The Creative Industries Lab of HETFA published a new study under the title of ‘Operation of the Hungarian Dubbing Industry’. The study was commissioned by the SzíDSZ – Szinkron Foundation (Theater Workers’ Union). In Hungary dubbing has an over 80-year-long history, and there is still a continuous and large demand for making dubbed audio-visual contents. In the second half of the 20th century, foreign language movies were released typically in high quality dubbed versions, which reinforced the strong position and demand for dubbed movies even nowadays. The aim of the study was to describe how the Hungarian dubbing industry works, identify the main problems of its employees and offer possible solutions to these problems.

The study focused on the dubbing process of movies, series and other television programs, thus excluding the voice-over of advertisements, computer programs and digital games. The research was based on different qualitative and quantitative methods, and more than 40 interviews and background conversations were conducted with important stakeholders and professionals. Dubbing workers were also included in the research via an online survey, in order to get a closer look on their professional circumstances and their everyday working environment. To know more about the situation of the dubbing studios, the annual financial reports of such companies were also analyzed.

Below we present you the main findings of the research:

  • The size of the dubbing studio market in 2018 was 3.16 billion HUF (approx. 8.7 million EUR) based on official revenue statistics. The three biggest dubbing studios in the market are accounted for 70% of this revenue, while the five largest dubbing studios represent more than 85% of the overall revenues. Therefore, the role of dubbing studios is extremely important in this industry.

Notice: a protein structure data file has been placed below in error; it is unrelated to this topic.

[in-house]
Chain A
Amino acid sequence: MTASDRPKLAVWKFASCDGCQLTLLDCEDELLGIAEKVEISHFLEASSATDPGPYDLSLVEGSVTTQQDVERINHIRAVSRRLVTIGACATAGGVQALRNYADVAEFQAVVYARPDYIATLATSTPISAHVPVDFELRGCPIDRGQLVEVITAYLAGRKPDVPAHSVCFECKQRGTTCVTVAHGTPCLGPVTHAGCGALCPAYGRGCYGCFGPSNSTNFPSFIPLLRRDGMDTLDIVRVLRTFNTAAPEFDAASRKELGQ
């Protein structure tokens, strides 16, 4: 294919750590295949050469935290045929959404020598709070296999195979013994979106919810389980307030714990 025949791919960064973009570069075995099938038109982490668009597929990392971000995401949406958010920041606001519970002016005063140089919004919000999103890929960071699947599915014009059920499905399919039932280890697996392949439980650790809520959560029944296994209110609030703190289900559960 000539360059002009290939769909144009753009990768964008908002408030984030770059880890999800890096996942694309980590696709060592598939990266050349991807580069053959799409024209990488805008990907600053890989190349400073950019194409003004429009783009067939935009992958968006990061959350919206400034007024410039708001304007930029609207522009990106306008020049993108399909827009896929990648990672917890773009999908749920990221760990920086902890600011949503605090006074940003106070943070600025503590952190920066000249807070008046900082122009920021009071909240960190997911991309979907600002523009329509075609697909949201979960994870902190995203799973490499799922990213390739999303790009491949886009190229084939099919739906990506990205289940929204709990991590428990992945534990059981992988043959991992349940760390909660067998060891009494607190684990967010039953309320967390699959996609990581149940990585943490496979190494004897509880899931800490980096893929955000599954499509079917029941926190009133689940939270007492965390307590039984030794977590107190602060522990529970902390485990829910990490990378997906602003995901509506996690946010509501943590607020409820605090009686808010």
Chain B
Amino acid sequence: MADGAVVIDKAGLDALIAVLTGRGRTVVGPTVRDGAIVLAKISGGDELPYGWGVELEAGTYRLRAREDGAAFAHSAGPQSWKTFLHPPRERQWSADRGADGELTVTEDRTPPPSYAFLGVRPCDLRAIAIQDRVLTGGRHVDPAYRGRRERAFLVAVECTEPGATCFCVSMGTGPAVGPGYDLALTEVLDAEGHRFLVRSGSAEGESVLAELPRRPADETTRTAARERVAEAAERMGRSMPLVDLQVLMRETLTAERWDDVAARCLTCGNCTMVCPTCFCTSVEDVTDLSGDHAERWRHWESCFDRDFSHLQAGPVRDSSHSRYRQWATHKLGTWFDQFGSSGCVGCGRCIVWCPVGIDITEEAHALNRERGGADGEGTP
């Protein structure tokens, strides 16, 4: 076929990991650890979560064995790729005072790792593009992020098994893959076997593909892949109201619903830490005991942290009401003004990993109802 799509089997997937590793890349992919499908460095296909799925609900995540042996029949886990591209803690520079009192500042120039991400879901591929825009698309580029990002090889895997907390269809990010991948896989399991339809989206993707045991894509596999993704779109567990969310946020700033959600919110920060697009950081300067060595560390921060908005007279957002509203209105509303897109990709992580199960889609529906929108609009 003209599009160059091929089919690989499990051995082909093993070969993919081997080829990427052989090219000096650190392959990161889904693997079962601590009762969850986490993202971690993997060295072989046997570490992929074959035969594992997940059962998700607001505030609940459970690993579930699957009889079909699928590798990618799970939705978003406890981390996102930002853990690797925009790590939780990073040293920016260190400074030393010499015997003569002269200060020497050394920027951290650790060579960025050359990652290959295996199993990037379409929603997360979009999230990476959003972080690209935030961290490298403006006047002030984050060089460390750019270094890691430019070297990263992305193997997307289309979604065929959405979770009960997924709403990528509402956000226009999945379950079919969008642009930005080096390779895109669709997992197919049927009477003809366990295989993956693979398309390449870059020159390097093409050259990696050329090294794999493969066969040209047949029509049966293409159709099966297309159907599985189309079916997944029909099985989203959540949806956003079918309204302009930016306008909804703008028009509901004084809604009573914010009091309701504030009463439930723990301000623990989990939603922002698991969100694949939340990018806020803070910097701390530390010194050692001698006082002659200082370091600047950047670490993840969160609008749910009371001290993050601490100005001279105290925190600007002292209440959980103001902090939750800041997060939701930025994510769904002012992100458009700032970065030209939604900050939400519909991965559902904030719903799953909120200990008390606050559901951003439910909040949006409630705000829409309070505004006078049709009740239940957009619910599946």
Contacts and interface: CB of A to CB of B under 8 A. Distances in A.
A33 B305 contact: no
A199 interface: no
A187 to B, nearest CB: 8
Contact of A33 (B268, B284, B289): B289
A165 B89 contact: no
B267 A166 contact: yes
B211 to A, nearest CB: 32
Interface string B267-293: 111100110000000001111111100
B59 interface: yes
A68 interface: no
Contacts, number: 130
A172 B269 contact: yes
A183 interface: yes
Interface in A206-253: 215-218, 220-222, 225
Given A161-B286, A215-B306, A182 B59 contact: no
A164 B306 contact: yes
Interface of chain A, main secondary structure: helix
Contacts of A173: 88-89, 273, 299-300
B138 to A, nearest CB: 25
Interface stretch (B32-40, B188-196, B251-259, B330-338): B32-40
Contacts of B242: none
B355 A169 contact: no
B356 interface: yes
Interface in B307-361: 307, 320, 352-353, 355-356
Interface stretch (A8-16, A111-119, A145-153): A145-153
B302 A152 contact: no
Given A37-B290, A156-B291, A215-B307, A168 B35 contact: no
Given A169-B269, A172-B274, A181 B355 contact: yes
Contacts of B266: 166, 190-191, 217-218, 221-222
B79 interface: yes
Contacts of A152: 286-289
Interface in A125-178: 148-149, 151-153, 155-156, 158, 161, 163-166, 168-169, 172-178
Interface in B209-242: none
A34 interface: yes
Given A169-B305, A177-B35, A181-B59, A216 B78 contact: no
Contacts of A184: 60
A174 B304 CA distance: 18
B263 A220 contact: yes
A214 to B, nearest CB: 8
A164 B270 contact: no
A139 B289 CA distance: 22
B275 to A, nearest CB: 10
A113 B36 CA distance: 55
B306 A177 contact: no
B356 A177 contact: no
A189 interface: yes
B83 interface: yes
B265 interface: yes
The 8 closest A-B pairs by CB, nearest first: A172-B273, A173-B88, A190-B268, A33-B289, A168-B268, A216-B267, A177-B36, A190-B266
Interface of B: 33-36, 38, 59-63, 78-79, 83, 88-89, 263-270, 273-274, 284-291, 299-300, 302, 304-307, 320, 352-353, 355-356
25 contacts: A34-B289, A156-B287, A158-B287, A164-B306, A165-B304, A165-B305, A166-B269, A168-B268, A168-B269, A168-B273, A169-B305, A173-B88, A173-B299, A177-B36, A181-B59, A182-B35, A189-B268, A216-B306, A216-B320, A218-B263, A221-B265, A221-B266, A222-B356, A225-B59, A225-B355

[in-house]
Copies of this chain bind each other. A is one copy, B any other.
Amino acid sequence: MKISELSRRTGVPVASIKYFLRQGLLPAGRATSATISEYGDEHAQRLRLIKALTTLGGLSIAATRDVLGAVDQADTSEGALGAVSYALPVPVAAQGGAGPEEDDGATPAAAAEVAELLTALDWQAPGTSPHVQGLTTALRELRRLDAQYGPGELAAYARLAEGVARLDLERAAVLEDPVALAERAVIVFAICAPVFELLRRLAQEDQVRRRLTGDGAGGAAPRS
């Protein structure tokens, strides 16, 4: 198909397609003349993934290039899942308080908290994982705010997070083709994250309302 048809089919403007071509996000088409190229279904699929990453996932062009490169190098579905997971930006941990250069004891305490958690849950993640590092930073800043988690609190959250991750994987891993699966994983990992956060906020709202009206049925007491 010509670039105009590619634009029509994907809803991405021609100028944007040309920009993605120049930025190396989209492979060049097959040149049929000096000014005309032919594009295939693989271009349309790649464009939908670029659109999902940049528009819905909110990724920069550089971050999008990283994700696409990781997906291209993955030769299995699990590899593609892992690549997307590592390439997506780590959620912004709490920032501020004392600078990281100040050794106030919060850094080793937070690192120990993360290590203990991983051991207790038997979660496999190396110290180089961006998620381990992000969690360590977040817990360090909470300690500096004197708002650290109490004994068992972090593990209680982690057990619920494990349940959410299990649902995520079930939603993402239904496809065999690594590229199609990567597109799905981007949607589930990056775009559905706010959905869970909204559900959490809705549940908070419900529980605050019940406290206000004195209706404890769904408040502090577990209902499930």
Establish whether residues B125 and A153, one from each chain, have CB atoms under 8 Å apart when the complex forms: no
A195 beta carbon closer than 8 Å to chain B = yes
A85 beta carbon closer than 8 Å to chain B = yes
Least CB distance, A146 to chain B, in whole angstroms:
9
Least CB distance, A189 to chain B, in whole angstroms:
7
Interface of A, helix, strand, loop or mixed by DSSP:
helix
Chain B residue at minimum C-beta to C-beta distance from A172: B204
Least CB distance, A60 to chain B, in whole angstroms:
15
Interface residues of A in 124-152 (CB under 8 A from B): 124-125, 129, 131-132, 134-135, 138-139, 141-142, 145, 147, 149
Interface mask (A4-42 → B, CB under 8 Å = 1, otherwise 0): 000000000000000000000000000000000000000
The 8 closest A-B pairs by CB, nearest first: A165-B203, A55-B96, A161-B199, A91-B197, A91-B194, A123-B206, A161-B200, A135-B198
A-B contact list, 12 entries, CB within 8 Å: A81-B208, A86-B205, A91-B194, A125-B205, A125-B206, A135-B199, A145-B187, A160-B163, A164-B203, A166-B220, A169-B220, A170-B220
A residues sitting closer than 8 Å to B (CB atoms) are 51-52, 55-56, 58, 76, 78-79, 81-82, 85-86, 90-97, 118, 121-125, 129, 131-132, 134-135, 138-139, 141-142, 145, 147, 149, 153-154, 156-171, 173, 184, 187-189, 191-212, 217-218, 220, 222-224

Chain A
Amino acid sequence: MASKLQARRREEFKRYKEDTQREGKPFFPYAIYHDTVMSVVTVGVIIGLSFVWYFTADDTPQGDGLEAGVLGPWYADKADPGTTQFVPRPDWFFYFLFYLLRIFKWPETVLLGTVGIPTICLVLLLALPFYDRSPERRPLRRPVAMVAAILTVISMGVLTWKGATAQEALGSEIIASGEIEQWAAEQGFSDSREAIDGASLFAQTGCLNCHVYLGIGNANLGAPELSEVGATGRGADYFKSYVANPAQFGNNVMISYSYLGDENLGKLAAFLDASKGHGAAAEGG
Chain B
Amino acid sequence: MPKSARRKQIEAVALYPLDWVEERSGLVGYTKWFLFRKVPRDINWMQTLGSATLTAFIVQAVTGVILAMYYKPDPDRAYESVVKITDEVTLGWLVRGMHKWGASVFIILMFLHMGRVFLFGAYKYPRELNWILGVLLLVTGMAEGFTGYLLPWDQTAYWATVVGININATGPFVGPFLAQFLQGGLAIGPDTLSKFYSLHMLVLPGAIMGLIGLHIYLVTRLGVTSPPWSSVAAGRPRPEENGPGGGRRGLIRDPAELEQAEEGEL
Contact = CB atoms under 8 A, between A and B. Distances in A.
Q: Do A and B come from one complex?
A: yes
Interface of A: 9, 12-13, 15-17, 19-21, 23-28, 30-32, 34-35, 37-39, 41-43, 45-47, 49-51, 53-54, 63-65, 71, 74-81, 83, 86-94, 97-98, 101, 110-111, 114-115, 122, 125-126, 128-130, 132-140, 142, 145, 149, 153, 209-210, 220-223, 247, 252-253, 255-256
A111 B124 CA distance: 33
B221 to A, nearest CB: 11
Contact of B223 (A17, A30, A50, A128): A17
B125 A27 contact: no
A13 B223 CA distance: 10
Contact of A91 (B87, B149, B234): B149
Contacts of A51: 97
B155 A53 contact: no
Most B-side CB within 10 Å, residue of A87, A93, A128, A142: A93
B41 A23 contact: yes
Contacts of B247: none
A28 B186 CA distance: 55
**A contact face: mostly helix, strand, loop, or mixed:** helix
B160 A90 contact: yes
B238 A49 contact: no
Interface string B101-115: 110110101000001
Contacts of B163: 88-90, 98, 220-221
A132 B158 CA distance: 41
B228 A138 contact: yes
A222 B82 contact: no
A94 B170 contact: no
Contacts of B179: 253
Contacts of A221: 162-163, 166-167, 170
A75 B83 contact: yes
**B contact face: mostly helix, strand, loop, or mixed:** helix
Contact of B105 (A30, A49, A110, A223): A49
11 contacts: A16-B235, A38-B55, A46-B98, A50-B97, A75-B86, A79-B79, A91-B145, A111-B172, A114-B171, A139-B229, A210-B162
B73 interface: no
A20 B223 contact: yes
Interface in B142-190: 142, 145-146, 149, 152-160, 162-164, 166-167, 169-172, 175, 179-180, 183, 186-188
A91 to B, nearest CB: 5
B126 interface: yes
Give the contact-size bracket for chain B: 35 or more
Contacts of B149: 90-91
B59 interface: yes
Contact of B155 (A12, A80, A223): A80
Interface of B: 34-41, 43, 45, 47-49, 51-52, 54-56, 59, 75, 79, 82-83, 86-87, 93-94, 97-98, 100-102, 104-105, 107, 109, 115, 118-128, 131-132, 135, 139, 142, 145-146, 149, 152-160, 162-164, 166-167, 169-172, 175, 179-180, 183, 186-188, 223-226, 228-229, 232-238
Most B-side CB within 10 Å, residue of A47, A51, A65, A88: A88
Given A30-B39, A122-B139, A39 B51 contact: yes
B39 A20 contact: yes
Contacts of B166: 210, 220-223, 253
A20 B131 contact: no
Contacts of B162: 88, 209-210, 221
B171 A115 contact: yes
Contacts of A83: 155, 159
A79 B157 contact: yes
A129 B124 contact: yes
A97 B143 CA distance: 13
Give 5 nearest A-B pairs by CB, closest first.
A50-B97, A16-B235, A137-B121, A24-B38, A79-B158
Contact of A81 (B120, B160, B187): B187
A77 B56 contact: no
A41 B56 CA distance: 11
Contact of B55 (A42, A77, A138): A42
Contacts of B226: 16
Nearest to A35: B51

• Studios’ central role is further emphasized by the fact that the infrastructure needed for dubbing is created and owned by these companies. They organize the work of dubbing workers and they are those who are in contact with potential clients (mainly film studios, distributors and broadcasting companies). At the individual level, incomes often do not reflect the level of expertise, experience and the invested energy of dubbing workers.
  • Many actors reported that the price of dubbing has hardly changed over the past decade. This constitutes the biggest problem in the industry as it is difficult for actors to create the appropriate and necessary market conditions for high quality work and profitability.This is highly relevant at the level of the average dubbing workers whose situation is mostly dependent on the clients’ needs and interests. And though dubbing studios are stronger and more established than dubbing workers, clients define earnings and the rules of the game.

The report concluded that dubbing actors and workers have to renegotiate the aspects of working conditions with the dubbing studios. Studios have to ensure the health and social security of their employees, contractual relations should be clarified and improvement is needed in the flow of information between the parties; moreover a minimum criteria concerning quality has to be also secured.

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